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Maths in a minute: Newton's laws of motion

We've been dabbling a lot in the mysterious world of quantum physics lately, so to get back down to Earth we thought we'd bring you reminder of good old classical physics.

The London velodrome

The London Velodrome's track is designed for maximum speed using Newton's laws of motion.

Newton's first law: An object at rest will remain at rest unless acted upon by an external and unbalanced force. An object in motion will remain in motion unless acted upon by an external and unbalanced force.

This is also called the law of inertia and it doesn't need much explanation. No stationary object will start moving of its own accord without a force being applied. And the reason why in our everyday experience moving objects tend to slow down unless they are being powered by something is due to factors such as friction and air resistance.

Newton's second law: The acceleration a of a body is parallel and proportional to the net force F acting on it. The exact relationship is F=ma, where m is the body's mass.

In this equation both F and a are vectors with a direction and a magnitude.

Newton's third law: When two bodies exert a force on each other the forces are equal in magnitude, but opposite in direction. For every action there is an equal and opposite reaction.

Thus, if you kick a ball with your foot, then the ball exerts an equal and opposite force on your foot.

The three laws of motion were first published in 1687 in Newton's famous work Philosophiae Naturalis Principia Mathematica which translates as Mathematical Principles of Natural Philosophy. Newton's law of universal gravitation and mathematical techniques we'd now call calculus were also published in Principia Mathematica and together with the laws of motion they gave the first comprehensive description of the physical processes we observe in everyday life. It later turned out that the laws don't hold when you look at the world at very small scales (that's where quantum mechanics reigns) or at objects that move at very high speed or when there are very strong gravitational fields. However, Newton's laws still give a very good approximation for the physics we observe in our normal lives.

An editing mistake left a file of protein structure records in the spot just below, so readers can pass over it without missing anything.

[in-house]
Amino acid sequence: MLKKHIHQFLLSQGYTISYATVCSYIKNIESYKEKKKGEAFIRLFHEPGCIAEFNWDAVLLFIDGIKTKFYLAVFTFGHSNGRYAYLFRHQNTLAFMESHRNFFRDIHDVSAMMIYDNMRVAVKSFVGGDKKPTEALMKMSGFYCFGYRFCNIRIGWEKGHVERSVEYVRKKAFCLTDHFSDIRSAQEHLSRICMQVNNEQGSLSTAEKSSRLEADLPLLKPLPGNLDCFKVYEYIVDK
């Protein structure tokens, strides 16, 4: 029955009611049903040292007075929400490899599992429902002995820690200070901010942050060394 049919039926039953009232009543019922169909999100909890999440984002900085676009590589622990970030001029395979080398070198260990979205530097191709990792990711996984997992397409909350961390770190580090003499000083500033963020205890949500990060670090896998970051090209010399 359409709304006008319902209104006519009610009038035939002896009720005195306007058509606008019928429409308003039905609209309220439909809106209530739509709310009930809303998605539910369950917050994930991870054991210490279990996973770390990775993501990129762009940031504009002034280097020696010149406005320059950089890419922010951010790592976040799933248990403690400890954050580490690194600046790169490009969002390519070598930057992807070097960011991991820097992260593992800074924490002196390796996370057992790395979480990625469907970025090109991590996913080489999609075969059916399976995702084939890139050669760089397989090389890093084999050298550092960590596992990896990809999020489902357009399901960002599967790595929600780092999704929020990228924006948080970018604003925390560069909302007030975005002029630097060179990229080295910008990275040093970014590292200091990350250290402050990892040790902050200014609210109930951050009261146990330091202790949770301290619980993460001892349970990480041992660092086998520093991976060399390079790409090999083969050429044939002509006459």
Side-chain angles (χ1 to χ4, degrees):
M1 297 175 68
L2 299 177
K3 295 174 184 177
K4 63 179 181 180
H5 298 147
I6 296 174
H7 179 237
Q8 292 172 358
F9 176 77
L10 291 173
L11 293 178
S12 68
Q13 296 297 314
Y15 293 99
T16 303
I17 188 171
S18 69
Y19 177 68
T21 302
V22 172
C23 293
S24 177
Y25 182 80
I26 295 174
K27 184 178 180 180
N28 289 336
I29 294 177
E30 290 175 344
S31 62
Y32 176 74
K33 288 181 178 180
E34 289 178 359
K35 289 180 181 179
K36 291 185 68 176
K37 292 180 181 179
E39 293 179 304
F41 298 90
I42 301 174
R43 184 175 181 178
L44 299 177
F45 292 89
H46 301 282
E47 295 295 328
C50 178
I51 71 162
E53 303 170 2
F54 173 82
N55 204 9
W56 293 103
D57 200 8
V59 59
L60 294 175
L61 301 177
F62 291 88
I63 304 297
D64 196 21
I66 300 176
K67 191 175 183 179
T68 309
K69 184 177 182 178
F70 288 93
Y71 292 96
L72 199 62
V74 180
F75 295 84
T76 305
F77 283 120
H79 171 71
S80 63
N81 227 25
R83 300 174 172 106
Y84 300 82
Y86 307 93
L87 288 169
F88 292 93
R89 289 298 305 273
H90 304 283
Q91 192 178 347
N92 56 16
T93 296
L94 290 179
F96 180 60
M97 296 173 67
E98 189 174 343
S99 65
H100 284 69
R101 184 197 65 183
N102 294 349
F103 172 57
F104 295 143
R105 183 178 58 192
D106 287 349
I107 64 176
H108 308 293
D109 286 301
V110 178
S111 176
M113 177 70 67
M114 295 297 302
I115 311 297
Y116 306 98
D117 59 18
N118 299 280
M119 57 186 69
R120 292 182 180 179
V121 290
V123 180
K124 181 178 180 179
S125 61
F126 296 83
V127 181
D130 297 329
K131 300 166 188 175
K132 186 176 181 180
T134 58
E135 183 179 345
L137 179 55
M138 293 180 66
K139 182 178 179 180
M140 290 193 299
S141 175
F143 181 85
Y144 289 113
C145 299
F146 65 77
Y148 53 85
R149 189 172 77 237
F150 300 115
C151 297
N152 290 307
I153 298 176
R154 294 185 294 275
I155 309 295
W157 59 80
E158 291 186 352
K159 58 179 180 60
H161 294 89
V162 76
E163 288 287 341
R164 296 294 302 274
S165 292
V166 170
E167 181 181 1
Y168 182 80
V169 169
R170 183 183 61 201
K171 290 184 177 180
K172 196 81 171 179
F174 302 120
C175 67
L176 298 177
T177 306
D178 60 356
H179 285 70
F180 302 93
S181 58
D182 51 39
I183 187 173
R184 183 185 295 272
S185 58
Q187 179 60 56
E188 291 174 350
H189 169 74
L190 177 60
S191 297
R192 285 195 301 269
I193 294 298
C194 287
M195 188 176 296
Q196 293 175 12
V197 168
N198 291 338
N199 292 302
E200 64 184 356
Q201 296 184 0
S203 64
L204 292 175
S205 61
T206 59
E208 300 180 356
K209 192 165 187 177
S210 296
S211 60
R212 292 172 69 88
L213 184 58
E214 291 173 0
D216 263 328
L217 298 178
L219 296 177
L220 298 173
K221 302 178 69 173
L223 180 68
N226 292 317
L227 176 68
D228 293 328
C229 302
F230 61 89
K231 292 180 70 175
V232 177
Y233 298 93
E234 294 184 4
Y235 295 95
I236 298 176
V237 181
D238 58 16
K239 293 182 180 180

To read more about Newton's laws and its applications, from understanding the melting Arctic to building the Olympic Velodrome, have a look at our teacher package on classical mechanics.

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